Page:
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Olympians call on UK government to prioritise tackling climate change

More than 300 British Olympians have signed an open letter to Prime Minister Boris Johnson calling on the government to prioritise tackling environmental issues in the wake of the COVID-19 pandemic.

Runner Mo Farah and former rower Steve Redgrave, who have a combined nine Olympic golds between them, were among the 310 past and present athletes to sign on behalf of the 'Champions of the Earth' movement.

Johnson has pledged that Britain should lead the way in a 'green recovery' from the damage to the economy caused by the ongoing COVID-19 pandemic that forced this year's Olympic Games in Tokyo to be delayed until 2021.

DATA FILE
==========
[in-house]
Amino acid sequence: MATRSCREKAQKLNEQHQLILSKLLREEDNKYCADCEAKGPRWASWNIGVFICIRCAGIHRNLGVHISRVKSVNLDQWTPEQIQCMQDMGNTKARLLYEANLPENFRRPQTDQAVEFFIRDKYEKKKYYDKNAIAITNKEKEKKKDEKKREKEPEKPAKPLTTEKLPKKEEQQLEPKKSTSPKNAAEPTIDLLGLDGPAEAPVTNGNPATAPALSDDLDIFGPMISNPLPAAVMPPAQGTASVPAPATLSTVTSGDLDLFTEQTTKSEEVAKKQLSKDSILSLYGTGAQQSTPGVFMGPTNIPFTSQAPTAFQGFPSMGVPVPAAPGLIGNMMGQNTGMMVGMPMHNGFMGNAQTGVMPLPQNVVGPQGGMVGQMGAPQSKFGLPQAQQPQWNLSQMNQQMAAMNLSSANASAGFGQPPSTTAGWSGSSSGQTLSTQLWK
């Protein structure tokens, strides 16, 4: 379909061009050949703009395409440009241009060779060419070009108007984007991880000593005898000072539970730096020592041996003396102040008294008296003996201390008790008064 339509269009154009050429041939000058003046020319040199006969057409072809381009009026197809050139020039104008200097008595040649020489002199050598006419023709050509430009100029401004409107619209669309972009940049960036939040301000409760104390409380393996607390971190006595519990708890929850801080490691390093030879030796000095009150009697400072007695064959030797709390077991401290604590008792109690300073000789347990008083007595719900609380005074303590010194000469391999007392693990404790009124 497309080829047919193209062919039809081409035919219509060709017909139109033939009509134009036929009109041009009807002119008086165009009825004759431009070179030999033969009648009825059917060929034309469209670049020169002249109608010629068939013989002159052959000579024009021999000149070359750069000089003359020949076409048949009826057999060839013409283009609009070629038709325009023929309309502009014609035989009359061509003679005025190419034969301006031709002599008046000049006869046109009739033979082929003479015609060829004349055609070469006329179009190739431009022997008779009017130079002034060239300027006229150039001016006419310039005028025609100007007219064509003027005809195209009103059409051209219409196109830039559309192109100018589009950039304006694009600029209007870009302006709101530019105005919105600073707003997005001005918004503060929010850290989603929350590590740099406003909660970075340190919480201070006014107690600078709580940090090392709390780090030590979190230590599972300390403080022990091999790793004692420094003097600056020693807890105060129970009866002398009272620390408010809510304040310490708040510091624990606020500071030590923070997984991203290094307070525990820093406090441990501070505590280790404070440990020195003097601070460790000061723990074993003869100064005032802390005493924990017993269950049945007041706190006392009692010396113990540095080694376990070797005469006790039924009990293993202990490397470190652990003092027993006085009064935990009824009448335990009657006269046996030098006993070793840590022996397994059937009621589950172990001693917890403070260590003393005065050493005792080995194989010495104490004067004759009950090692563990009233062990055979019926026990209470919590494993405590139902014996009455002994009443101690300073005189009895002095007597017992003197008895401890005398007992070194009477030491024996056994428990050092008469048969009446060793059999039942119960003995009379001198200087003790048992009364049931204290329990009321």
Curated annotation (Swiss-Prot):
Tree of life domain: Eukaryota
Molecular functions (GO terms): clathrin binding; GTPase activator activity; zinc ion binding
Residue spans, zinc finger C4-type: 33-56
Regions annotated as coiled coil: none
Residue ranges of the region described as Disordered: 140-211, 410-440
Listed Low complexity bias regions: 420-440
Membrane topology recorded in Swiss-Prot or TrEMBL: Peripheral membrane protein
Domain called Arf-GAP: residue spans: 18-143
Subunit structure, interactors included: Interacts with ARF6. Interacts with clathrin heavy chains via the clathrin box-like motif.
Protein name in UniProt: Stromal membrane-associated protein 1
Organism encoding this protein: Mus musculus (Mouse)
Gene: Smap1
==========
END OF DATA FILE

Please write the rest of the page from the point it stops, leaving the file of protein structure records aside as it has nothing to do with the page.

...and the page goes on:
"We can sit timidly in the pack, pretending we have no role to play in the unfolding race. Or, like the athletes we would have watched this summer, we can race to win," the letter said.

"We urge the government to act consistently with the recognised need for "urgent action" by developing a truly Green approach to recovery from the pandemic."

The letter said the hosting of the COP27 summit and G7 presidency next year was an opportunity to take the lead in issues such as climate change and protecting habitats.

"The U.K. has a golden opportunity to show international leadership on the most important issue facing mankind."

The letter called on the government to bring a "new truth" to the words of Sebastian Coe's speech at the closing ceremony of the London 2012 Olympics in which he said "One day we will tell our children and grandchildren that, when our time came, we did it right."

Amongst other athletes to sign the letter include former world champion distance runner Paula Radcliffe, double Olympic triathlon champion Alistair Brownlee, Beijing 400m winner Christine Ohuruogu and Britain's fastest ever female sprinter Dina Asher-Smith.

Champions for Earth was founded by London 2012 Olympic canoe slalom champion Etienne Stott.